LAS VEGAS – The enigmatic duration of HHS’ intended delay of ICD-10 is giving payers and providers hope for a little breathing room when it comes to training coders – but it simultaneously creates a need to ratchet up employee retention efforts.
As such, providers need to plan for both training and retention regardless of what new deadline HHS might issue for ICD-10 compliance, said Bonnie Cassidy, AHIMA past-president during a presentation at HIMSS12 on Wednesday.
Some coders, for instance, learned ICD-10 decades ago via on-the-job-training, others came out of college programs, and while those different coders might have different approaches to learning ICD-10, many will likely need Anatomy and Physiology training in order to use ICD-10, be it for the first time or as a refresher.
How much time will you dedicate to training? Will you enable them to learn ICD-10 on the job, or expect that they do so on nights and weekends?
And how much will it cost? Cassidy pointed to an AHIMA survey of 600 HIM directors that found “hospitals may be greatly underestimating the amount of money it will take to train coders for ICD-10-CM/PCS.”
Many are thinking it will cost $2,000 per coder. Cassidy recounted one HIM director who put in a $2,000 budget request for training each coder, and got back $400.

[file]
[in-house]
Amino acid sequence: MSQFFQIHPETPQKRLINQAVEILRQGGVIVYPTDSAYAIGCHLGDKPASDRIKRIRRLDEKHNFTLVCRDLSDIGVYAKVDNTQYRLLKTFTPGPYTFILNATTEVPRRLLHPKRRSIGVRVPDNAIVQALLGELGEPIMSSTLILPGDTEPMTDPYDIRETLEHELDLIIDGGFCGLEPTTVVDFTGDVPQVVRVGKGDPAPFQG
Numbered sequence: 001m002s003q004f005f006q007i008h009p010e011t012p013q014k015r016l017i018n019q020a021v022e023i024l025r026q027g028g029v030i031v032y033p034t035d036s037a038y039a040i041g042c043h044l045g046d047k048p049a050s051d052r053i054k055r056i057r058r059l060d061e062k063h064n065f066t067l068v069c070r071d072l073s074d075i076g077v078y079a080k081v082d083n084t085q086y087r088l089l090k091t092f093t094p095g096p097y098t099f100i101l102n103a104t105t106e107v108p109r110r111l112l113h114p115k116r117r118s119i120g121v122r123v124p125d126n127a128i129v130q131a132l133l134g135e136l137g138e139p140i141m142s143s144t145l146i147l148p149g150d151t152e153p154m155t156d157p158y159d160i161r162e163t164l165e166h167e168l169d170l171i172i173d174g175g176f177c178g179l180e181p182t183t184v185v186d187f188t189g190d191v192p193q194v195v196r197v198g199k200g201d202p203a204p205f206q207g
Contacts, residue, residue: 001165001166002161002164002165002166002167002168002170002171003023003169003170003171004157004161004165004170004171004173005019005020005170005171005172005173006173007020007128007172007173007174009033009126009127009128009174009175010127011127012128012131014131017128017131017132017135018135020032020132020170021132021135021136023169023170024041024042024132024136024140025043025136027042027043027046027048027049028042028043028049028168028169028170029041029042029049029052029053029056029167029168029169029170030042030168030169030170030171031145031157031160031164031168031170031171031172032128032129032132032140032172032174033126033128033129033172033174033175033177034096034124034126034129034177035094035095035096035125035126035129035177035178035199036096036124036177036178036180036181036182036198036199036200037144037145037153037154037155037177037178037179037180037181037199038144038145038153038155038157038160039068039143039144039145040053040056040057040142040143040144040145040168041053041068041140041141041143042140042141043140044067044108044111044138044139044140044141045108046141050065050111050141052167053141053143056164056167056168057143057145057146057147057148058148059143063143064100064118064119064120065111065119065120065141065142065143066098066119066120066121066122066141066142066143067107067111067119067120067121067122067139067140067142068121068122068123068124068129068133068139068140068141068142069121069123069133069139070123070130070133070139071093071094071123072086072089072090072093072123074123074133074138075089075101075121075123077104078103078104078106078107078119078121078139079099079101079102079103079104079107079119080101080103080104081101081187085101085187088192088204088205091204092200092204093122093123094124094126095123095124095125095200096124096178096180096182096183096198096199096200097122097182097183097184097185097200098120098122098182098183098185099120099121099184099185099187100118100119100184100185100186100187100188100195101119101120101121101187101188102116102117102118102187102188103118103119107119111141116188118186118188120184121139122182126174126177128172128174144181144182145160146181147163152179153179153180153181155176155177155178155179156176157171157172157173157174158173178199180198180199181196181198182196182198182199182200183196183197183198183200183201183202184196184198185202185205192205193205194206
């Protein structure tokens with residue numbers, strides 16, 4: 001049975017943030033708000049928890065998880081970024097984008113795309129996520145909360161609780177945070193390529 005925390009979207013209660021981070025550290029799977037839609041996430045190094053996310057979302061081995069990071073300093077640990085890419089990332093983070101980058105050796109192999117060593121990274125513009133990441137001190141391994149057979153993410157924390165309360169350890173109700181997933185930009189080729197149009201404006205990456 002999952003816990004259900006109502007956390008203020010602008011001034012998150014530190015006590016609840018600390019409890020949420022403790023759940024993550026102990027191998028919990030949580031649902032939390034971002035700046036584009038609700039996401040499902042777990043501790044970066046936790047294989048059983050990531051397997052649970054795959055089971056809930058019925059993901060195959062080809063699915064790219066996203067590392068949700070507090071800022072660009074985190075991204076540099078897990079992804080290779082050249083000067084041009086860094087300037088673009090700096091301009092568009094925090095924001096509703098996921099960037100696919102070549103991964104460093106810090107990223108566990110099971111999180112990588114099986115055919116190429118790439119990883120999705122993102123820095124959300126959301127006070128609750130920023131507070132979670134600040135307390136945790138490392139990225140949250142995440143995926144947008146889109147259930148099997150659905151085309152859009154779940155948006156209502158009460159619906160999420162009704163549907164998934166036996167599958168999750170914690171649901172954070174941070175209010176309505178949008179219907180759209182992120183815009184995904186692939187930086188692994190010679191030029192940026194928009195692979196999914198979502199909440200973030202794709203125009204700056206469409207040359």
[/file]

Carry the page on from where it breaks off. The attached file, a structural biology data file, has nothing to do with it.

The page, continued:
“It’s not going to get done for $100,” Cassidy said.
Alongside the training Cassidy urged attendees, in turn, to consider retention – most important once the training and certification money has been spent.
“What are you doing to keep employees that have been trained and certified?” Cassidy asked. “You have to know your staff.”
Indeed, some providers are already seeing ripple effects of the delay particular to staffing. Tom Pacek, CIO of South Jersey Healthcare during a panel discussion in Monday’s ICD-10 symposium that, despite a new compliance deadline, his hospital plans to push forward – but that talk of the push back has already made it harder to convince human resources of the need to replace some coders that recently left their jobs. “This has created more headaches for me,” Pacek sad.